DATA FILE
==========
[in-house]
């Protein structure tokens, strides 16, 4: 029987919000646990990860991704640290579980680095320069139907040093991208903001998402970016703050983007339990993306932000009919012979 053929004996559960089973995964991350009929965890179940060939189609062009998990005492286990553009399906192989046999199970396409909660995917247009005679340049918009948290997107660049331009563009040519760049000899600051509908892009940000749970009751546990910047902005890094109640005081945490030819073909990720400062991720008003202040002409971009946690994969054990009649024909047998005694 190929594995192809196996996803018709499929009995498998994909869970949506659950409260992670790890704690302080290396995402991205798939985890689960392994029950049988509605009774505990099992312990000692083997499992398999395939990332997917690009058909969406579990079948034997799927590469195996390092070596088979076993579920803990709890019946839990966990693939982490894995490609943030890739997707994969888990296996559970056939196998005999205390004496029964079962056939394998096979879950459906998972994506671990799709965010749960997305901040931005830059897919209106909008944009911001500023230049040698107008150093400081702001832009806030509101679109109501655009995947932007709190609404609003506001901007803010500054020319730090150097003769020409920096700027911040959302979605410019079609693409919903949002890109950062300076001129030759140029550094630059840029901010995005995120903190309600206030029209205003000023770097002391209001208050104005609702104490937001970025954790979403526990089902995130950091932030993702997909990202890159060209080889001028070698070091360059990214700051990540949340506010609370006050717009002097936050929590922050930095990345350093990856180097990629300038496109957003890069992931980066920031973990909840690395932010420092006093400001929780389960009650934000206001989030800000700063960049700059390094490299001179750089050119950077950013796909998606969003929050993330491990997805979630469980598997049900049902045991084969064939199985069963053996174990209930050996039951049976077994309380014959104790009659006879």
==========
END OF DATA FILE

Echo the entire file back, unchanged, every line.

[in-house]
């Protein structure tokens, strides 16, 4: 029987919000646990990860991704640290579980680095320069139907040093991208903001998402970016703050983007339990993306932000009919012979 053929004996559960089973995964991350009929965890179940060939189609062009998990005492286990553009399906192989046999199970396409909660995917247009005679340049918009948290997107660049331009563009040519760049000899600051509908892009940000749970009751546990910047902005890094109640005081945490030819073909990720400062991720008003202040002409971009946690994969054990009649024909047998005694 190929594995192809196996996803018709499929009995498998994909869970949506659950409260992670790890704690302080290396995402991205798939985890689960392994029950049988509605009774505990099992312990000692083997499992398999395939990332997917690009058909969406579990079948034997799927590469195996390092070596088979076993579920803990709890019946839990966990693939982490894995490609943030890739997707994969888990296996559970056939196998005999205390004496029964079962056939394998096979879950459906998972994506671990799709965010749960997305901040931005830059897919209106909008944009911001500023230049040698107008150093400081702001832009806030509101679109109501655009995947932007709190609404609003506001901007803010500054020319730090150097003769020409920096700027911040959302979605410019079609693409919903949002890109950062300076001129030759140029550094630059840029901010995005995120903190309600206030029209205003000023770097002391209001208050104005609702104490937001970025954790979403526990089902995130950091932030993702997909990202890159060209080889001028070698070091360059990214700051990540949340506010609370006050717009002097936050929590922050930095990345350093990856180097990629300038496109957003890069992931980066920031973990909840690395932010420092006093400001929780389960009650934000206001989030800000700063960049700059390094490299001179750089050119950077950013796909998606969003929050993330491990997805979630469980598997049900049902045991084969064939199985069963053996174990209930050996039951049976077994309380014959104790009659006879």